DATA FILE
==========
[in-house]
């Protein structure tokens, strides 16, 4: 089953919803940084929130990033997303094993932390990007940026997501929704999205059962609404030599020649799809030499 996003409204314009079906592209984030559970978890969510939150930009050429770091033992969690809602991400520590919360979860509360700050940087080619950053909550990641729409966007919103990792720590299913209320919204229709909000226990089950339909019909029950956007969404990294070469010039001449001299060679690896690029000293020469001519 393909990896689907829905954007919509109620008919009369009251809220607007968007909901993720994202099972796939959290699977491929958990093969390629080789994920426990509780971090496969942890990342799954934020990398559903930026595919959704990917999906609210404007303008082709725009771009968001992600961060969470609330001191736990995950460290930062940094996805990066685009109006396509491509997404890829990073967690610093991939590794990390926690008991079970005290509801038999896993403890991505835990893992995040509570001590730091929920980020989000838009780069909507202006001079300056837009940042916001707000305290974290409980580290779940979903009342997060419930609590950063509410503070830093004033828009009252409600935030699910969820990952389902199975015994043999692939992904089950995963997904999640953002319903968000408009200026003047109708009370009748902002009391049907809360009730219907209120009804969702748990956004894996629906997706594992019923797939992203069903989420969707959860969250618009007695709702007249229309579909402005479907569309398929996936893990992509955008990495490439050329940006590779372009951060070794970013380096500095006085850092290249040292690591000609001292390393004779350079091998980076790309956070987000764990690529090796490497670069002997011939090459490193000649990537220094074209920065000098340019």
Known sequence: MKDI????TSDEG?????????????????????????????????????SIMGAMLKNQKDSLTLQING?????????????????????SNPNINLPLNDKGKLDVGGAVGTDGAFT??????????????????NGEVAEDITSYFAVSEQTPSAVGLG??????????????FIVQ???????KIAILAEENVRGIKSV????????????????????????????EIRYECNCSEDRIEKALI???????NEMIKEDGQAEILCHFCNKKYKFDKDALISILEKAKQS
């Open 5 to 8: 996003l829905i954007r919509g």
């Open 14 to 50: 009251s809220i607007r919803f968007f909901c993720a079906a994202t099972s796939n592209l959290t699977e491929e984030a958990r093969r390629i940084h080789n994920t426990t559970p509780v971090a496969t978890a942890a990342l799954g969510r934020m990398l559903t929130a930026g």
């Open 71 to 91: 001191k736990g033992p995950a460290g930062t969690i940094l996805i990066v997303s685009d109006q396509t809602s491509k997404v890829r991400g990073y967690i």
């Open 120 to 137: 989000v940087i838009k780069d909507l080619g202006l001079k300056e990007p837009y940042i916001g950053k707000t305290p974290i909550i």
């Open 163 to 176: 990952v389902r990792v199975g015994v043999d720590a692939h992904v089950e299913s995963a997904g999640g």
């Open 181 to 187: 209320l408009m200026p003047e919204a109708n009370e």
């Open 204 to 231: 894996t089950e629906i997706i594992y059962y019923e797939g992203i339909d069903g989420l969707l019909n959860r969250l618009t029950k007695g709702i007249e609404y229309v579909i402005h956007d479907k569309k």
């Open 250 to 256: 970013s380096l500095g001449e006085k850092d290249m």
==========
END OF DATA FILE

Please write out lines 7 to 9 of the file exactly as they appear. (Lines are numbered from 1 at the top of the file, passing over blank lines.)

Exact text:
């Open 120 to 137: 989000v940087i838009k780069d909507l080619g202006l001079k300056e990007p837009y940042i916001g950053k707000t305290p974290i909550i």
């Open 163 to 176: 990952v389902r990792v199975g015994v043999d720590a692939h992904v089950e299913s995963a997904g999640g």
């Open 181 to 187: 209320l408009m200026p003047e919204a109708n009370e």